Freed US hiker vows to help friends still held by Iran
A US hiker, freed after spending more than a year in jail in Iran, has promised to lobby for the release of the two men she was arrested with.
Sarah Shourd, who was flown to Oman, urged Iran to free her fiance Shane Bauer and friend Josh Fattal.
All three were arrested near the Iran-Iraq border last year and accused of spying. The two men still face trial.
US President Barack Obama renewed his call for the pair's release, saying they had done nothing wrong.
"We remain hopeful that Iran will demonstrate renewed compassion by ensuring the return of Shane, Josh and all the other missing or detained Americans in Iran," Mr Obama said.
UN Secretary General Ban Ki-moon also urged the release of the men, telling the Associated Press news agency he "appreciated the flexibility" of the Iranian government.
But Tehran's chief prosecutor Jafari Dolatabadi was quoted as saying that the two men's detention had been extended by two months.
"Therefore there is no talk of the release of the two," Iran's English language Press TV quoted him as saying.
Battle of elites
The three Americans deny spying, saying they accidentally strayed into Iranian territory while on a hike in Iraq when they were arrested on 31 July 2009.
Their families say they have been kept in solitary confinement, and Ms Shourd's mother Nora, who was reunited with her daughter in Oman, has said she was being denied treatment for potentially serious health issues.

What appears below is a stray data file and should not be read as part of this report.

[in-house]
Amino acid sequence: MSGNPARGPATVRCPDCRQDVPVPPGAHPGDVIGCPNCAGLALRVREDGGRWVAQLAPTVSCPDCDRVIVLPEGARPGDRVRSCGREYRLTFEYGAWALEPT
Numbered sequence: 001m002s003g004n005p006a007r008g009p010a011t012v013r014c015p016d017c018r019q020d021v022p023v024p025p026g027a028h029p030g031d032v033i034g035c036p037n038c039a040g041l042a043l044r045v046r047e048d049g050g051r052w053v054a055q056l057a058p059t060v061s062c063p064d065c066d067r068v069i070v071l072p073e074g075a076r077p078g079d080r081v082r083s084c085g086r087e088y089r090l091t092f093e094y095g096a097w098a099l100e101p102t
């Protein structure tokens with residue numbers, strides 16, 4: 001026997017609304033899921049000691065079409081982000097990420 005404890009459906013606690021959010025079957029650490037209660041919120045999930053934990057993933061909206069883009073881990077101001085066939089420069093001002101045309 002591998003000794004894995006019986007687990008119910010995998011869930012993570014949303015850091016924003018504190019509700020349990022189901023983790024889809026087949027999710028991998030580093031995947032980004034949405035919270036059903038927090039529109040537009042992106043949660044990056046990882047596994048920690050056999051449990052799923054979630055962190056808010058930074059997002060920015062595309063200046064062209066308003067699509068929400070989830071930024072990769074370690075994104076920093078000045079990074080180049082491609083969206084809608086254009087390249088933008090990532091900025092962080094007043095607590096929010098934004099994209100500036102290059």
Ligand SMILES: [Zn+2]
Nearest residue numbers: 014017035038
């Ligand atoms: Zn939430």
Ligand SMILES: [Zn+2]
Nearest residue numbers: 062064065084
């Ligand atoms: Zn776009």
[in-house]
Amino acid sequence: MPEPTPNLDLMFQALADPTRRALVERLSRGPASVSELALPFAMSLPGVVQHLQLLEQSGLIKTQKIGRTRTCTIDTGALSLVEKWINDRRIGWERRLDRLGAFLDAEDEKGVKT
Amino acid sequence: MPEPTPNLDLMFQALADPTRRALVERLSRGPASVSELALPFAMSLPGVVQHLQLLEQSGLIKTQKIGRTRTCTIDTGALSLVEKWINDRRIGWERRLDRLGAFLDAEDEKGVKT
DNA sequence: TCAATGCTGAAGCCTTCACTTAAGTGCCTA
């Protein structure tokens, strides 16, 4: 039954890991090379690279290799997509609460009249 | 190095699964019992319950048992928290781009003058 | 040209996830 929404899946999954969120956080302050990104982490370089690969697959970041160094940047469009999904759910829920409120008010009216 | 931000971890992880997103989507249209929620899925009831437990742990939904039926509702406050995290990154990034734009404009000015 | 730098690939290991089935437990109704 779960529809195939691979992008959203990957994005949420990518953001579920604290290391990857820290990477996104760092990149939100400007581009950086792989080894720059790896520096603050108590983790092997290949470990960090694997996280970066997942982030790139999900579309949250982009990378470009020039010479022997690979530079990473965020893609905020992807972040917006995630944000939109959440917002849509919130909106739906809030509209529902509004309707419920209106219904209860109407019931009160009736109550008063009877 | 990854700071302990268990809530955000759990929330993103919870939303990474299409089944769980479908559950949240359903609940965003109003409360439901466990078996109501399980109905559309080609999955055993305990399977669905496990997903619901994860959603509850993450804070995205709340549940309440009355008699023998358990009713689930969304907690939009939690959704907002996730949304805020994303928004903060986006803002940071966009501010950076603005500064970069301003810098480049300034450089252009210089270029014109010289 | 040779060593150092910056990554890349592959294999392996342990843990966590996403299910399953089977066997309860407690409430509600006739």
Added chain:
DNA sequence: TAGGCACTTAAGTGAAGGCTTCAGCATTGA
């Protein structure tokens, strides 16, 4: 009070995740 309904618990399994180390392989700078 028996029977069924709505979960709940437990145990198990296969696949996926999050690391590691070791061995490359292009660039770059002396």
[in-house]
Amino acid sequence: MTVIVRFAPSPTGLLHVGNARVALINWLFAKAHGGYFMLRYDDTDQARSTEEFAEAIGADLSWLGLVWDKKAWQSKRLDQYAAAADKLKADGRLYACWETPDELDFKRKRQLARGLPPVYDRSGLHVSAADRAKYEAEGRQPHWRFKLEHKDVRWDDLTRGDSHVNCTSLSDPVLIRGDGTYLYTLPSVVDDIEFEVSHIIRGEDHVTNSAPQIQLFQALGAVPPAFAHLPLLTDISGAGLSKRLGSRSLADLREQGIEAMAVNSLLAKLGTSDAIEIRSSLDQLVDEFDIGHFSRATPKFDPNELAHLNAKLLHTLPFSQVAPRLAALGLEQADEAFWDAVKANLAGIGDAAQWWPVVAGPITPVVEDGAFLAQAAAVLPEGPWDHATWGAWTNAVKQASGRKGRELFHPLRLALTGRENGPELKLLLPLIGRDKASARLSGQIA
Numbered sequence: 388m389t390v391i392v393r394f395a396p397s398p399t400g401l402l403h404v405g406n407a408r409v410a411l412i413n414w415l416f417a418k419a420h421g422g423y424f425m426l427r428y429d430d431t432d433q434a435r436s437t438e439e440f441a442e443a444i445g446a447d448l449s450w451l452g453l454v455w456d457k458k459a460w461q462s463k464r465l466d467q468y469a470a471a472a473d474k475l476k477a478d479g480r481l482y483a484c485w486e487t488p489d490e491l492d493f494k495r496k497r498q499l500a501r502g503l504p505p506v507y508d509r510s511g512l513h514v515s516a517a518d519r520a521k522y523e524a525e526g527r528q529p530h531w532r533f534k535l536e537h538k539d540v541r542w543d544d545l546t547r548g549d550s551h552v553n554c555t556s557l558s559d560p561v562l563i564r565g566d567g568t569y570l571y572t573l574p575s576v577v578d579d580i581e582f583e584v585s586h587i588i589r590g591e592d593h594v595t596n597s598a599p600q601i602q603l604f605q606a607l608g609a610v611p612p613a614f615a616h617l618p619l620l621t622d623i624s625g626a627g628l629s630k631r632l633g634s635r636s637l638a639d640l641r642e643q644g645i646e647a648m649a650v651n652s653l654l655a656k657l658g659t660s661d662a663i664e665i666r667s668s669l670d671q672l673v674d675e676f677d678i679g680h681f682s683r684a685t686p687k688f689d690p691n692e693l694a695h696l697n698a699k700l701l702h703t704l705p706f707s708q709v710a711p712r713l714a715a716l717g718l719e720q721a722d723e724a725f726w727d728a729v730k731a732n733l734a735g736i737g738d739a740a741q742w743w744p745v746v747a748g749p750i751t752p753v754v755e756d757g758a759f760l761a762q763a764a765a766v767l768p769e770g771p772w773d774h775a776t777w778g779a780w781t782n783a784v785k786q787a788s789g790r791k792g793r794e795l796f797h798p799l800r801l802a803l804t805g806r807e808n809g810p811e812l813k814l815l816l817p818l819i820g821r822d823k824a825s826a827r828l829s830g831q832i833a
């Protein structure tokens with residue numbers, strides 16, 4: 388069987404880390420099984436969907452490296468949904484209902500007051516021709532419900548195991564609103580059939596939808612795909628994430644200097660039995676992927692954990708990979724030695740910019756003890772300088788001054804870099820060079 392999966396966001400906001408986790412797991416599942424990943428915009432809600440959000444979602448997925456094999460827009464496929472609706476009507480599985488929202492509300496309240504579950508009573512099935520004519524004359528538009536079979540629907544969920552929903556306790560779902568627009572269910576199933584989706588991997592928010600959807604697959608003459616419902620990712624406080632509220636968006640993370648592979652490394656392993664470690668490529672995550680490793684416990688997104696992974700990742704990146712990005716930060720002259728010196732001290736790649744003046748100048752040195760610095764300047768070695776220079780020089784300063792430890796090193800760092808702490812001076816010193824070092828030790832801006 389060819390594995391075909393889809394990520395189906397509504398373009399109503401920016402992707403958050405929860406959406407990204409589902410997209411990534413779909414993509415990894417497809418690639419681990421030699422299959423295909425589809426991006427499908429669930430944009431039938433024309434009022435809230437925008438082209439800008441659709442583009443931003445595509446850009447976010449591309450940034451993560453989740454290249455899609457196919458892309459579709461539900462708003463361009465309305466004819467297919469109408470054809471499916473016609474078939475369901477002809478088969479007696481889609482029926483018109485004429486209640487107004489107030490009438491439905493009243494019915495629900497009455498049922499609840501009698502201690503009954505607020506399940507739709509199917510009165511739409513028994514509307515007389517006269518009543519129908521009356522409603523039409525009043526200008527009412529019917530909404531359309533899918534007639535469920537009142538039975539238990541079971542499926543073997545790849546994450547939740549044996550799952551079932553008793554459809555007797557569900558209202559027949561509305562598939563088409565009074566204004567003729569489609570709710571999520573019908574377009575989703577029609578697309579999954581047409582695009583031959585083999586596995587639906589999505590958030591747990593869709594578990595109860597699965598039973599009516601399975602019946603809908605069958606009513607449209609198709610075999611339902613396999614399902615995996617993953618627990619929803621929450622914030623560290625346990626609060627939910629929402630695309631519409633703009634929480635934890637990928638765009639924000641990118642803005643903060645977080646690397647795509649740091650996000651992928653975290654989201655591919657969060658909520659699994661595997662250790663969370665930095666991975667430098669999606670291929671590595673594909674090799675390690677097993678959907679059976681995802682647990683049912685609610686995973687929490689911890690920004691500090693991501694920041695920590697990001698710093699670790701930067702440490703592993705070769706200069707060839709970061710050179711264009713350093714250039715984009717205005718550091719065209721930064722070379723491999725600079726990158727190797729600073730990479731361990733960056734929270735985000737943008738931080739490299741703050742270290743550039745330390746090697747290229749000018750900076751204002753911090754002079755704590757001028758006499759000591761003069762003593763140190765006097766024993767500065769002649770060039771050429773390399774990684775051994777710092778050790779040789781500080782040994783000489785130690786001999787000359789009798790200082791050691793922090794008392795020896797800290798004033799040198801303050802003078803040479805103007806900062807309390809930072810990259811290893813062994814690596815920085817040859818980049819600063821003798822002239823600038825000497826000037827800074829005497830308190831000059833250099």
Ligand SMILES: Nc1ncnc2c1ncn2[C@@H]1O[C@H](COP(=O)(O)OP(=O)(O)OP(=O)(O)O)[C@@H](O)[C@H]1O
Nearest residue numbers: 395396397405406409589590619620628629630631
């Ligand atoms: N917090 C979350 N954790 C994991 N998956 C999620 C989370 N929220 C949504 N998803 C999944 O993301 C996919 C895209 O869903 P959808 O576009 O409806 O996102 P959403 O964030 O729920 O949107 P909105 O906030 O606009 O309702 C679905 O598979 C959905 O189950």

Speaking before she left Iran, Ms Shourd described her release as a "huge relief" and thanked "every country, every official and individual" involved in the process.
"I feel myself I have a huge debt to repay the world for what it's done for me," she said.
"My first priority is to help my fiance Shane Bauer and my friend Josh Fattal to gain their freedom because they don't deserve to be in prison any more.
"And even when that's finished I feel like my work has just begun repaying the world for what it's done for me."
US officials said Ms Shourd, 32, would be spending at least a day in Oman, but gave no details of her future plans.
The Iranian authorities said a bail of $500,000 (£325,000) had been posted, but it is unclear who paid, with US officials denying they had handed over any money.
Analysts say the Americans appear to have been caught up in a power struggle among Iranian elites.
While Ms Shourd's release was initially proposed by President Mahmoud Ahmadinejad, the country's powerful judges delayed the release and stamped their authority by demanding a huge bail payment.